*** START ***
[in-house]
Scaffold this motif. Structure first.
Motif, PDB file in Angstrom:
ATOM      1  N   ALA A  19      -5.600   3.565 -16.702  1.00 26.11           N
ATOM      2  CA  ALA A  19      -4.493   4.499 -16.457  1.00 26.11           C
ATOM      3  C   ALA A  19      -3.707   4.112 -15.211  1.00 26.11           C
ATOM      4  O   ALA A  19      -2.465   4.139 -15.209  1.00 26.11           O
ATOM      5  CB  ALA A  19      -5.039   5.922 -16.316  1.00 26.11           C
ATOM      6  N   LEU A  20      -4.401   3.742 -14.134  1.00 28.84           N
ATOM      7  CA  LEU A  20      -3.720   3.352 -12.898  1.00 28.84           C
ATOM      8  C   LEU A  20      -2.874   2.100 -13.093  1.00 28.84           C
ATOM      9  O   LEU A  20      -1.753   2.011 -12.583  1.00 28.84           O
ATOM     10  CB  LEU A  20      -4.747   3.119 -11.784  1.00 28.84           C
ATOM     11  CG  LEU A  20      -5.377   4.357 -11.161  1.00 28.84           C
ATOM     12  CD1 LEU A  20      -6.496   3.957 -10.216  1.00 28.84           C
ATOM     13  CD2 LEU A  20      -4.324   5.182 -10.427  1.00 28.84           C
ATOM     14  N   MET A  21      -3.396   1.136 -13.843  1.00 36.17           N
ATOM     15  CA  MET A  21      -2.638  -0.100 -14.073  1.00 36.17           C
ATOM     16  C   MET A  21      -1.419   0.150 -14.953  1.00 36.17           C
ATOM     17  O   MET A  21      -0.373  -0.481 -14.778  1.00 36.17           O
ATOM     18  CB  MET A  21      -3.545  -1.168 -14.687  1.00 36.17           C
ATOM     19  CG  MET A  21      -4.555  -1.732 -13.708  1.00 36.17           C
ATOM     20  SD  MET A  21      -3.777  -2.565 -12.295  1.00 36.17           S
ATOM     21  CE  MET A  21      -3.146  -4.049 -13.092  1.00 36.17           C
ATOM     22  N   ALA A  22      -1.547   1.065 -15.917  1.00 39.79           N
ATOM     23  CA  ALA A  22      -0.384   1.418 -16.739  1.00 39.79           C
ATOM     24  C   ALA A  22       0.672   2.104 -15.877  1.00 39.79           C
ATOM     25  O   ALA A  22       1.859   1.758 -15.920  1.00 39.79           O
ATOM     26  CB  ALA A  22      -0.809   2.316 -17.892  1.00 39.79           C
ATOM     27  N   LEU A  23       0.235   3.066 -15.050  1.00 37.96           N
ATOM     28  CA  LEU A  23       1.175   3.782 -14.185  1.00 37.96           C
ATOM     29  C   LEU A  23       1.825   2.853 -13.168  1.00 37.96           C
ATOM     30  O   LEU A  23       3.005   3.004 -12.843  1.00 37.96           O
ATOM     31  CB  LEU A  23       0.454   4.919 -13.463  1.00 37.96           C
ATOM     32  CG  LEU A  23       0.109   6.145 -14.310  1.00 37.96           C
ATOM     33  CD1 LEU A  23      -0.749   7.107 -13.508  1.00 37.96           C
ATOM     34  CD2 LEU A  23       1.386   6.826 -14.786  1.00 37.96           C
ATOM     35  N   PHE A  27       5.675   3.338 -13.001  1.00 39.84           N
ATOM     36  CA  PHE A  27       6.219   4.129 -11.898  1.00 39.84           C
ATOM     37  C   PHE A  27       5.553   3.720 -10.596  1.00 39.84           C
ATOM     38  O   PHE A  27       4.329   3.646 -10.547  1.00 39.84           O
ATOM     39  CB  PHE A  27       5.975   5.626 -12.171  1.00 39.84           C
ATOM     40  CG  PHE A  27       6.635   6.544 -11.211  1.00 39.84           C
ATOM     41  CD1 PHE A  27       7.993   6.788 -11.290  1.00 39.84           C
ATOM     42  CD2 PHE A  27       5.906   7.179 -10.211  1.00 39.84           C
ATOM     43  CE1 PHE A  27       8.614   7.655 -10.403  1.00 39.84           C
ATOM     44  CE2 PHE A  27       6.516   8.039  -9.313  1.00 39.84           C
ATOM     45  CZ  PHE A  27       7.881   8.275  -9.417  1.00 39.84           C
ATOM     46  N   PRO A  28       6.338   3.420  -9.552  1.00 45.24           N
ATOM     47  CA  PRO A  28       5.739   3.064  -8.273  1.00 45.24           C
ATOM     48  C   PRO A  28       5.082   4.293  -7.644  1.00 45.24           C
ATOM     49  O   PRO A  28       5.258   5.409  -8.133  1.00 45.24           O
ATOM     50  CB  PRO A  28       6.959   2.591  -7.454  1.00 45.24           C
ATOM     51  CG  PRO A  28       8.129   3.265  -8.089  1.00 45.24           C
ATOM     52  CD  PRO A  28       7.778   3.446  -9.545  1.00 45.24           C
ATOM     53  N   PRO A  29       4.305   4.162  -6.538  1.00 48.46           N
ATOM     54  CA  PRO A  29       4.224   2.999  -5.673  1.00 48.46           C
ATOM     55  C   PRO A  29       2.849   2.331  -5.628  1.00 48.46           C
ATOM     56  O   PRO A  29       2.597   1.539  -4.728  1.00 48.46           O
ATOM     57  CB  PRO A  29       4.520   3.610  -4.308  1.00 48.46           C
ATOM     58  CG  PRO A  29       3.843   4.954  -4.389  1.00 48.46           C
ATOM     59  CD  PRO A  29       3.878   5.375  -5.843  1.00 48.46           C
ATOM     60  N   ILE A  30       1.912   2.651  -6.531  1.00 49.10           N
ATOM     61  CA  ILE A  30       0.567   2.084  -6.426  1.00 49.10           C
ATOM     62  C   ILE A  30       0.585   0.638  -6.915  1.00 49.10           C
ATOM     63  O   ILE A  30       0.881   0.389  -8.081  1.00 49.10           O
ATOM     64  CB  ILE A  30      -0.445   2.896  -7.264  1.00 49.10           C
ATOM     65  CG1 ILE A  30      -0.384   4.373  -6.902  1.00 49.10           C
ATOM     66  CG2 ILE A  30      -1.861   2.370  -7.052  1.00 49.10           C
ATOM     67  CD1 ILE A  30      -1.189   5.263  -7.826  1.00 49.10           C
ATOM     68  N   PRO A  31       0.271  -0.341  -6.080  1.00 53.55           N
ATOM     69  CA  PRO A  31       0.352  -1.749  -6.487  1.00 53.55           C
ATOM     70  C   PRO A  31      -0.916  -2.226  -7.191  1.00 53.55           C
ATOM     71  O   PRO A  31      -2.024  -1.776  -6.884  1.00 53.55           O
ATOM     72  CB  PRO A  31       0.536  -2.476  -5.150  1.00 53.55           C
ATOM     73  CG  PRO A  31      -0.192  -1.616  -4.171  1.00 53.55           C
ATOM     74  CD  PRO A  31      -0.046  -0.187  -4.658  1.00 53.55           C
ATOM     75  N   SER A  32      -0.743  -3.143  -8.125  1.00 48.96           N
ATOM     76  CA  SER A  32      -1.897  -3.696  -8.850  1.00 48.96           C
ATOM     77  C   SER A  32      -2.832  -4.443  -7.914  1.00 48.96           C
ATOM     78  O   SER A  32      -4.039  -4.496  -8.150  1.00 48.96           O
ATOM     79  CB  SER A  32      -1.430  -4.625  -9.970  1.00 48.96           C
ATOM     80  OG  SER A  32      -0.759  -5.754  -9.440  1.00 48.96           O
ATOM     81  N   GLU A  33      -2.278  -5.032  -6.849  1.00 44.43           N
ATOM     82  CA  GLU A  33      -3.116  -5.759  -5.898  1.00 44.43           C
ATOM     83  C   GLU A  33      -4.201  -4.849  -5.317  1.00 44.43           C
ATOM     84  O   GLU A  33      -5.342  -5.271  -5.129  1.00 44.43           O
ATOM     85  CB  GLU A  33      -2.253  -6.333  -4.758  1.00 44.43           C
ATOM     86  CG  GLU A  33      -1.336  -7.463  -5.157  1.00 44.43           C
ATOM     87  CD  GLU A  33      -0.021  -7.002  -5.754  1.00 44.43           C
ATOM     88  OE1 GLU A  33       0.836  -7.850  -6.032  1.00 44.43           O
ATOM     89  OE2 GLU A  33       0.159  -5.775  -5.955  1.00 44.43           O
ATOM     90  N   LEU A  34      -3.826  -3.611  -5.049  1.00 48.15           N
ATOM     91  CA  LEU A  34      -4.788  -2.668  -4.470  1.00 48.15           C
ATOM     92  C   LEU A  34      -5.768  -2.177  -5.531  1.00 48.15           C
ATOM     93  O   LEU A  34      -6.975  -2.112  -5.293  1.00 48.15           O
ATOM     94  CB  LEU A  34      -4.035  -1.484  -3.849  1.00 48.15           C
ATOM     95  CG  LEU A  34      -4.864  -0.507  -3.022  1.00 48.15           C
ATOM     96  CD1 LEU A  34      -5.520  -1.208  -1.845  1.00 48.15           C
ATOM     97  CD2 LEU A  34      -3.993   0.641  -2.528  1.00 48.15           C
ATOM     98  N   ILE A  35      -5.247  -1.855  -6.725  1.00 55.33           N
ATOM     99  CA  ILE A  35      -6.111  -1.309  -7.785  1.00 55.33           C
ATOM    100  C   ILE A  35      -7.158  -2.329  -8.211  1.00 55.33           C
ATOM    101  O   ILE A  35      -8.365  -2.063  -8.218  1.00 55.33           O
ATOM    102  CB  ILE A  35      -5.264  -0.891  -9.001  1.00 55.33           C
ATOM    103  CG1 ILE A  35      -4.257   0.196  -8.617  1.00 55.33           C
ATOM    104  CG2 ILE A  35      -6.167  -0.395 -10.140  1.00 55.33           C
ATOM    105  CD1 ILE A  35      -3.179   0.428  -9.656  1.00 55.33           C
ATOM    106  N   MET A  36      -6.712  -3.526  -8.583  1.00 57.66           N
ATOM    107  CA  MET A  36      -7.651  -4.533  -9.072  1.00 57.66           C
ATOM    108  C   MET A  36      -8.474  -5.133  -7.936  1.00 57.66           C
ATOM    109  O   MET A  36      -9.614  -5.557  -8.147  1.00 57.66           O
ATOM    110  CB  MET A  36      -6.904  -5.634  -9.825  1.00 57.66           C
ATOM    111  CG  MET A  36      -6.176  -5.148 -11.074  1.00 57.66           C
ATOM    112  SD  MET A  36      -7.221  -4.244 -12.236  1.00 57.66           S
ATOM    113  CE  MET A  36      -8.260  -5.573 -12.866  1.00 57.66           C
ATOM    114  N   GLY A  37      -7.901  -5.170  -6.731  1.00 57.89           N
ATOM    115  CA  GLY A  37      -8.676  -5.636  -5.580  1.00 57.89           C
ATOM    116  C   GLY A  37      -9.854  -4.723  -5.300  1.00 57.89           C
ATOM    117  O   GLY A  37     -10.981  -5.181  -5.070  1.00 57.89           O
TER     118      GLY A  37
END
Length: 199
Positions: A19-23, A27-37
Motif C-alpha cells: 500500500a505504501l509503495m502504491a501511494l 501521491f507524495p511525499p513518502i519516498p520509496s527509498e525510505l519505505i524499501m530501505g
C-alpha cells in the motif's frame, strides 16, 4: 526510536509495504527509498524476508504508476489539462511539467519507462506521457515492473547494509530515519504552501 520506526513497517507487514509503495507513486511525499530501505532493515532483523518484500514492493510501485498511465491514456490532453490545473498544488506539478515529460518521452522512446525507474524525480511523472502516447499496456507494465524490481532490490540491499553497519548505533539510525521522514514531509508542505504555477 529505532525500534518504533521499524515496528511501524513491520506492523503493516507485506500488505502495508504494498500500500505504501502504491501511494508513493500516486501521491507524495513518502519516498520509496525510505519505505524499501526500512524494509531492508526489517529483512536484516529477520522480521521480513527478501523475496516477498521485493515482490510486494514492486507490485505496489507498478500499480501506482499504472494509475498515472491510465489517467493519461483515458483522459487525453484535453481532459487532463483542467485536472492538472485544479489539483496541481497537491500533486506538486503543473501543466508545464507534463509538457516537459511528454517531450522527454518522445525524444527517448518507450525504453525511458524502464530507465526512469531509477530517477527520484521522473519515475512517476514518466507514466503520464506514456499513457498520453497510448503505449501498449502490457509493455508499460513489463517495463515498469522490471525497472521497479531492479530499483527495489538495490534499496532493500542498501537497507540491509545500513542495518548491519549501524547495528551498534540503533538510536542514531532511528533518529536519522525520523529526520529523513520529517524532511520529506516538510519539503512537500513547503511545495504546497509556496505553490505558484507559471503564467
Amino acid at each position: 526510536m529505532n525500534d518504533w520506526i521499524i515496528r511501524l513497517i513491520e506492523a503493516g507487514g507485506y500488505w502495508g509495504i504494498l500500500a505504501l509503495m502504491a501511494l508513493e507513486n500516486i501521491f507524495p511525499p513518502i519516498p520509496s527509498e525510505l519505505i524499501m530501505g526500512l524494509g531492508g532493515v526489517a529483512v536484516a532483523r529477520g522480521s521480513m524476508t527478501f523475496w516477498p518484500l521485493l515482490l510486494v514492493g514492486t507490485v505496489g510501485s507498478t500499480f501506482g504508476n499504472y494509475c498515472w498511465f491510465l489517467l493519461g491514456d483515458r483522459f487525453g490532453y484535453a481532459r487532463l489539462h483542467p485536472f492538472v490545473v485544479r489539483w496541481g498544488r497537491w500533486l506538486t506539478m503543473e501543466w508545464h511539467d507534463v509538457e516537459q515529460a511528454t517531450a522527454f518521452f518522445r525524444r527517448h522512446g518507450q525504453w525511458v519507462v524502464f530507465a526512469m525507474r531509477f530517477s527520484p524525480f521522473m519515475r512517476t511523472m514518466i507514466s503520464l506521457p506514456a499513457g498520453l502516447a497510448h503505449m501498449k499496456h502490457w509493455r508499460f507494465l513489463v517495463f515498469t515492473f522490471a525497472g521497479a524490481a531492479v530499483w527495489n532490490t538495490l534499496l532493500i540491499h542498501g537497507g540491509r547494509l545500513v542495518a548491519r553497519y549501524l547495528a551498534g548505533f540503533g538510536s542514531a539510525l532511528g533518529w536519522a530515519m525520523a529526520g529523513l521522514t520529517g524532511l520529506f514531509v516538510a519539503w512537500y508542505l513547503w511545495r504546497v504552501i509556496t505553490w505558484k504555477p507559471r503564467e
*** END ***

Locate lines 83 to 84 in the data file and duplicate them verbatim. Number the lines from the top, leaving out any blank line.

ATOM     80  OG  SER A  32      -0.759  -5.754  -9.440  1.00 48.96           O
ATOM     81  N   GLU A  33      -2.278  -5.032  -6.849  1.00 44.43           N